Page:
Tony Higham and Paul Kelsey spoke about deploying IBM Digital Experience on both an on-premise and public cloud.  There are 5 properties of the cloud generally recognized in the market.  IBM is fully supporting each of theses properties:

  • On-demand & Self Service – its there when you need it
  • Broad Network Access – a global network with fast access from any device
  • Resource Pooling – customers share computing resources at some level.  IBM is not really embracing shared hardware.  They are really into private instances on bare metal.
  • Rapid Elasticity – you get what you needXDXCloud1
  • Measured Service – pay for what you get

IBM is going after the cloud using the following concepts because the cloud presents real business value:

  • Months to Minutes
  • Heroics to the Easy Button
  • Automate Everything

Digital Experience on the cloud creates the entire infrastructure so you don’t have to separately install and  configure each type of software you need in the application.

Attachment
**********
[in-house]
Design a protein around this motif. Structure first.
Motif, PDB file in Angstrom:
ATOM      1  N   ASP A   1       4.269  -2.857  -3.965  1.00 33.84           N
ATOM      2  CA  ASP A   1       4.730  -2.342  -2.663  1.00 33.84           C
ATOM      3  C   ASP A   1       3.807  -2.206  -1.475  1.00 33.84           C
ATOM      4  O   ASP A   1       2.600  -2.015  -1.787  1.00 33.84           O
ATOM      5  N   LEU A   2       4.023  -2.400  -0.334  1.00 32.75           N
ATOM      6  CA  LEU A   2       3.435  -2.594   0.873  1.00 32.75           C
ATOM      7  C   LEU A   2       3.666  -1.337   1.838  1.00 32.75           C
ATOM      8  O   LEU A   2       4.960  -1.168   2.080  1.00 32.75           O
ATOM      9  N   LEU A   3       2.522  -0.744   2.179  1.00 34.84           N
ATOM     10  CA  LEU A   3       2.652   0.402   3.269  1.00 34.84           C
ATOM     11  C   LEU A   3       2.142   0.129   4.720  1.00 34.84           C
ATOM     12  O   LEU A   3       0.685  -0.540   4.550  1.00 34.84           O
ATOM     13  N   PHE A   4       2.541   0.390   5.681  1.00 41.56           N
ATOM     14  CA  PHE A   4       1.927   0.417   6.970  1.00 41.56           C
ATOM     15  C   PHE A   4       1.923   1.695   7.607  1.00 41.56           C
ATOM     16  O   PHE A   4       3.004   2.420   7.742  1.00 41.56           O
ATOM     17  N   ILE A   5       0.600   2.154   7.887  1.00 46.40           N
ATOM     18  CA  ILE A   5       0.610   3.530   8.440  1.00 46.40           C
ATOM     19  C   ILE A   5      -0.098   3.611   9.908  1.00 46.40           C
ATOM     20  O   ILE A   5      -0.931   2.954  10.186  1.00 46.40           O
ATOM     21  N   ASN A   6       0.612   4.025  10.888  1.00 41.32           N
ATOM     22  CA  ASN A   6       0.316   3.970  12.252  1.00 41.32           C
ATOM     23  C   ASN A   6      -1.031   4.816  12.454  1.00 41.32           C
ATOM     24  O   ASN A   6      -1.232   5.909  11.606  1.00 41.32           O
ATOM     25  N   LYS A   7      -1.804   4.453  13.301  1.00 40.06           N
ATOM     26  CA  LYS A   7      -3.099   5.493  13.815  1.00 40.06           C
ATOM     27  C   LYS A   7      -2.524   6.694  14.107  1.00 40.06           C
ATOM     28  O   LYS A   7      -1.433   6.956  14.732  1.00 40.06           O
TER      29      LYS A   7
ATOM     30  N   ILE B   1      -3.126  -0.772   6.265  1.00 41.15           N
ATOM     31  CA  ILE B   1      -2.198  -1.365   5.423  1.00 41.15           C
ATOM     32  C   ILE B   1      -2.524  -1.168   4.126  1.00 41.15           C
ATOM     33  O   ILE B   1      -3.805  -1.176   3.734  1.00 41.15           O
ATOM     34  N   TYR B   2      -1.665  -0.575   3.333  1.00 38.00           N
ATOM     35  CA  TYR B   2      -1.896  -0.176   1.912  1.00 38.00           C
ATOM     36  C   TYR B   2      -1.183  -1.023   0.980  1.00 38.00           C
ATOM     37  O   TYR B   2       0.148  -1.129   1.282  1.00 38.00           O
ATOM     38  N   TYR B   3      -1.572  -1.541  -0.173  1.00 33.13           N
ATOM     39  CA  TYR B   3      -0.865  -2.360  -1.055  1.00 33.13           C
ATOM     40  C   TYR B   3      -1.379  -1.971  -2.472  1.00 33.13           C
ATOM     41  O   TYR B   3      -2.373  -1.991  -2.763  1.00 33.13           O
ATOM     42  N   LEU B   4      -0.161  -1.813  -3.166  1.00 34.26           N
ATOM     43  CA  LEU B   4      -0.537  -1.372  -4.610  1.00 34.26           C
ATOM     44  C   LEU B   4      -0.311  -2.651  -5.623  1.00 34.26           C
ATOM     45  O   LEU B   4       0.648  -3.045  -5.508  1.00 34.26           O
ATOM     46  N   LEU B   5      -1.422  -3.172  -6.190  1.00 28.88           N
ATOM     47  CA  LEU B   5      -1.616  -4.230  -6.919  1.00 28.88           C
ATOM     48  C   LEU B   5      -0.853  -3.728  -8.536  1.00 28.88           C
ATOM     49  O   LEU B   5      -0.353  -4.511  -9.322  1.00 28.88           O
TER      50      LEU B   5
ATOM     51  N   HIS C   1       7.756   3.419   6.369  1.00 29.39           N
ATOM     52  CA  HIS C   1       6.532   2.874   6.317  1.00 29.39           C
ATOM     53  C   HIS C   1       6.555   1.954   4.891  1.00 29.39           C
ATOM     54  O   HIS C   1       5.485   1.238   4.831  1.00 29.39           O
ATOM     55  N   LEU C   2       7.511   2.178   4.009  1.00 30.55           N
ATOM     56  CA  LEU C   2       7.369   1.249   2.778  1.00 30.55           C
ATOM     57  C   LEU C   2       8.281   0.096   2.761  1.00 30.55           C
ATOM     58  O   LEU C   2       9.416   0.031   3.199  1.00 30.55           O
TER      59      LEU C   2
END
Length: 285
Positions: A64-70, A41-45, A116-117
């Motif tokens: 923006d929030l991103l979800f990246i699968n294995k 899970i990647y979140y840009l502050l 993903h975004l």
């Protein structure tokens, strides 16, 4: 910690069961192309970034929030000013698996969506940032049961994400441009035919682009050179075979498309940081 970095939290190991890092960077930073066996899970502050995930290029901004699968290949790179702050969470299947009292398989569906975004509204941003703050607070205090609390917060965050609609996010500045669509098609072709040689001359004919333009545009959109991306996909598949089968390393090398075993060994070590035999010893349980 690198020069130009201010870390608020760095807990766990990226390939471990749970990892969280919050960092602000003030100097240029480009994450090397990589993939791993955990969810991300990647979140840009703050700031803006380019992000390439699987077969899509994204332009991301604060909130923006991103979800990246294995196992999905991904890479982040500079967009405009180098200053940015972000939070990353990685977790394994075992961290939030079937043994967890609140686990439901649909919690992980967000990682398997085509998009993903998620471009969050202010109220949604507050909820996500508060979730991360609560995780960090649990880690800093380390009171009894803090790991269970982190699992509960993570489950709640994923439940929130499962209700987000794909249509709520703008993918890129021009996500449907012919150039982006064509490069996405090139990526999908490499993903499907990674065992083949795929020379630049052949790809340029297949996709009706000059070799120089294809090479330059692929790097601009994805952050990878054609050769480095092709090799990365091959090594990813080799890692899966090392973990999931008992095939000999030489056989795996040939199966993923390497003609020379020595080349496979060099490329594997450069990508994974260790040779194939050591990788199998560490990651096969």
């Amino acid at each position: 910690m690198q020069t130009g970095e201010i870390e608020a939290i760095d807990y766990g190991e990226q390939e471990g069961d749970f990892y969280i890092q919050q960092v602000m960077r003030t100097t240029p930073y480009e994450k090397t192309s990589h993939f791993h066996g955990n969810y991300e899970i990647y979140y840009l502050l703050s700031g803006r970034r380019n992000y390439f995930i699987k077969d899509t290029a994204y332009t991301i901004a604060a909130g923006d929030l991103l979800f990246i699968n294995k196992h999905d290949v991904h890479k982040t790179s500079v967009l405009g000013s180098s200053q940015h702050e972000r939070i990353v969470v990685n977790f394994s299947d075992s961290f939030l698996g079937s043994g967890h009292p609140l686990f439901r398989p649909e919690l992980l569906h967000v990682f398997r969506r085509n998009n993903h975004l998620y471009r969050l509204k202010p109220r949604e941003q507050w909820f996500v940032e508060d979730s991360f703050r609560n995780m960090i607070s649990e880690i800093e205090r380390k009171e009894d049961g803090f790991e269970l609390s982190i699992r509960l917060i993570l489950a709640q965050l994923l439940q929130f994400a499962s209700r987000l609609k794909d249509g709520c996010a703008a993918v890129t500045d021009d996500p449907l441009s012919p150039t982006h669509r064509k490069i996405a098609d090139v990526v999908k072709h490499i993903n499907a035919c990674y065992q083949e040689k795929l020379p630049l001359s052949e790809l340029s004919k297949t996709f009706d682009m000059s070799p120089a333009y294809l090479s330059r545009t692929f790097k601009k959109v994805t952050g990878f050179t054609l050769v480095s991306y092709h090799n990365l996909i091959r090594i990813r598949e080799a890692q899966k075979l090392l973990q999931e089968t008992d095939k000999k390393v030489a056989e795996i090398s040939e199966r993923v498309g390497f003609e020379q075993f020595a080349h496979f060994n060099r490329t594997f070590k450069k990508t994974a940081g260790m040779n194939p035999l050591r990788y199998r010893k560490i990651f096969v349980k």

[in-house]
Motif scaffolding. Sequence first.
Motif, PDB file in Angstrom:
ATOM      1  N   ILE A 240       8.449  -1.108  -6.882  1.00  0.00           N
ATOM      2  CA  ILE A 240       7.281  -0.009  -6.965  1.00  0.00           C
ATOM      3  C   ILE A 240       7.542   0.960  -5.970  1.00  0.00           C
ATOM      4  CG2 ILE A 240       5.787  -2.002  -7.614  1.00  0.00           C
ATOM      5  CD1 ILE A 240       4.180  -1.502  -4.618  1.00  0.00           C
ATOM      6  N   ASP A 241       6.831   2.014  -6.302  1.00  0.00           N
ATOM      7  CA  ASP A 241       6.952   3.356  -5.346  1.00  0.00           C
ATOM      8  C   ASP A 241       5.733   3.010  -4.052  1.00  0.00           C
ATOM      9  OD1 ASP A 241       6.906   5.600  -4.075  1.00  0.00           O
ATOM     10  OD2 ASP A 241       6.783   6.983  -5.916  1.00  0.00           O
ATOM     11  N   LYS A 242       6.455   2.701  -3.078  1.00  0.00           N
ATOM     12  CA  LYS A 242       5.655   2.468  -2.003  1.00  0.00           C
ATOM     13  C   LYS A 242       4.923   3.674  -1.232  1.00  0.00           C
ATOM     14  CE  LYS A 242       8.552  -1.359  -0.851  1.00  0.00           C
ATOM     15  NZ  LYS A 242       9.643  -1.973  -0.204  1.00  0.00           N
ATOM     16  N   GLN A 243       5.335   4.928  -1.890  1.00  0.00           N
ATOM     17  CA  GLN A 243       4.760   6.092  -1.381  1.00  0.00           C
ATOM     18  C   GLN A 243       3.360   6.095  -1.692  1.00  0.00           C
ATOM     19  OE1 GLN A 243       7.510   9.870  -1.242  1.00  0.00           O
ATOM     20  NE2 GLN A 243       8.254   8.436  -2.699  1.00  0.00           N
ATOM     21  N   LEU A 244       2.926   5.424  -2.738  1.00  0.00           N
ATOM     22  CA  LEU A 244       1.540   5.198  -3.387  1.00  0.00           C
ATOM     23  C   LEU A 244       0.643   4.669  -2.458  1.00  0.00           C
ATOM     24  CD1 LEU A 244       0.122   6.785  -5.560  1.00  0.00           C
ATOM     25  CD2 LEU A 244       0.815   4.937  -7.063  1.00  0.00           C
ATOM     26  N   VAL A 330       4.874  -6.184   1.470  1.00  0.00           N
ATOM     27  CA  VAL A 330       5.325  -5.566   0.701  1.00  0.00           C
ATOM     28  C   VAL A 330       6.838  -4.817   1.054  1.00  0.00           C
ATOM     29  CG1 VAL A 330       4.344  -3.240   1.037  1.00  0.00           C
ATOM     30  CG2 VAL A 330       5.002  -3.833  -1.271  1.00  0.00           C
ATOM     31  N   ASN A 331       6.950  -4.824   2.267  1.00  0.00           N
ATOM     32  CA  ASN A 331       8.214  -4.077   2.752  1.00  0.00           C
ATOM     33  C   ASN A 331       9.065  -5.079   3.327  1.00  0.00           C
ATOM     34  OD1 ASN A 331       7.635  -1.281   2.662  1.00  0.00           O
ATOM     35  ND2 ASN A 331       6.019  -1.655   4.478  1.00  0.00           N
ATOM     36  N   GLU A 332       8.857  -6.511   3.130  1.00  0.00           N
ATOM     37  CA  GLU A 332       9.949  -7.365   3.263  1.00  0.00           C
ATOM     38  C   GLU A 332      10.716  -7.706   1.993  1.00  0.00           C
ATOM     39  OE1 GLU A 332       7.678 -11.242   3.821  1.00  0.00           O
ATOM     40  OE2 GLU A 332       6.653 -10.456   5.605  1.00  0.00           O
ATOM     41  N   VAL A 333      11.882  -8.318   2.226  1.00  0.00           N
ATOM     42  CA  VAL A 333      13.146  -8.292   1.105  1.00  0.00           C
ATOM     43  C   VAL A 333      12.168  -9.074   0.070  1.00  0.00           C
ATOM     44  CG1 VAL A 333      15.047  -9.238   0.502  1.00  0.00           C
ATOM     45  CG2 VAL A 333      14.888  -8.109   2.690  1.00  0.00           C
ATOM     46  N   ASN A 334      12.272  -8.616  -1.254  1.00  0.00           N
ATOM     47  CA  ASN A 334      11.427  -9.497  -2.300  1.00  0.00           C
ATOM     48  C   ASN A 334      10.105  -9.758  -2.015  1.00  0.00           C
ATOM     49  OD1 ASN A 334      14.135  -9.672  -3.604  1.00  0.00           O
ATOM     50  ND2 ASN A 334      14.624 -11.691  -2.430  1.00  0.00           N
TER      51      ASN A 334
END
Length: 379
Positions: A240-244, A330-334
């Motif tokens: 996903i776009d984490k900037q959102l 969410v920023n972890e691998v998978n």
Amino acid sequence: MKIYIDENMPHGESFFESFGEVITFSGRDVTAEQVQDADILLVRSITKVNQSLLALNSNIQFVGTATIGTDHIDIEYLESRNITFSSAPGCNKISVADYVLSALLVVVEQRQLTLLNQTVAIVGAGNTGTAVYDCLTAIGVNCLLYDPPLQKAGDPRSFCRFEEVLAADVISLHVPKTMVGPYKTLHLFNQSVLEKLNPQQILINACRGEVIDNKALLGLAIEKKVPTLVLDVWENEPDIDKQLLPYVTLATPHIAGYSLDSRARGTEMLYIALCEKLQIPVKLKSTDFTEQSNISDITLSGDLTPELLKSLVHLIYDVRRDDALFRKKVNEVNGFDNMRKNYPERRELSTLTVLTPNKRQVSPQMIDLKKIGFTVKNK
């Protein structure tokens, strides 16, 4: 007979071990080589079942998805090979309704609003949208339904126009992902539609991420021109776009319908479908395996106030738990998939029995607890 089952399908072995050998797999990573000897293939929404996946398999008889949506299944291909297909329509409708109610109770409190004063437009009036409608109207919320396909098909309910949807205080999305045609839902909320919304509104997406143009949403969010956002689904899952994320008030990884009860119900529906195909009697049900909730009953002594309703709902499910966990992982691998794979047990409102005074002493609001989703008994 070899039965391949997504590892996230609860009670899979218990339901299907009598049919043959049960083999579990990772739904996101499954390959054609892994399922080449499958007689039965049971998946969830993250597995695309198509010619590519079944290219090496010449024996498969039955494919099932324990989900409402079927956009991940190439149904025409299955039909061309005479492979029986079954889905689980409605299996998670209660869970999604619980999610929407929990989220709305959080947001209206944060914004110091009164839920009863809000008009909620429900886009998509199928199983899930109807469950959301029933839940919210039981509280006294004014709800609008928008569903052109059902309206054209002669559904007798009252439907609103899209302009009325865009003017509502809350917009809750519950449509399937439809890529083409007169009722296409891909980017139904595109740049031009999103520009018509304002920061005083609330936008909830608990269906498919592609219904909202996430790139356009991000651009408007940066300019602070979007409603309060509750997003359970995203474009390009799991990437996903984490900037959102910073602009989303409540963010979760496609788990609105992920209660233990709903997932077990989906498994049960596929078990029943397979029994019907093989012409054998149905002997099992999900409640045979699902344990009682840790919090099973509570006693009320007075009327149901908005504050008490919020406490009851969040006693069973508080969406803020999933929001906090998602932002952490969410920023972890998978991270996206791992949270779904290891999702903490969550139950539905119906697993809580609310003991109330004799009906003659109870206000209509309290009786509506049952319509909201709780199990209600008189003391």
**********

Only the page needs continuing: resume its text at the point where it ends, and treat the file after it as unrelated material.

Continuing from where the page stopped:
Here is how IBM Digital Experience works on the cloud.  It really is the IBM PureApplication story.  IBM has built PureApp to provision application patterns quickly and efficiently.  You may have heard about the WebSphere Portal Pattern on PureApp. In the recent past PureApp was an on-premise box.  Now IBM has implemented PureApp Services on their SoftLayer cloud.  As a result, you can use the Digital Experience Pattern right on the SoftLayer cloud and have an instant cloud-based system.

In a non Pure App infrastructure, it typically takes several engineers and two weeks to install a WebSphere Portal cluster with a database and security in a production environment. What is the impact of PureApp on the portal?  This same environment can be installed in 45 minutes either on premise or in the cloud.  Paul demonstrated creating a clustered environment on PureApp.  Everything needed for a production environment is setup, configured and tuned.

With the new PureApplication Service on SoftLayer, you can run your entire WebSphere Portal cluster and take advantage of all the PureApplication capabilities on-prem.  PureApp on Softlayer is a pay as you go service in increments of three months. You can also incrementally add cpus and memory to nodes you have installed on SoftLayer.

Another interesting feature is the ability to move your Portal environment from on-prem to SoftLayer or from SoftLayer to on-prem depending on your needs.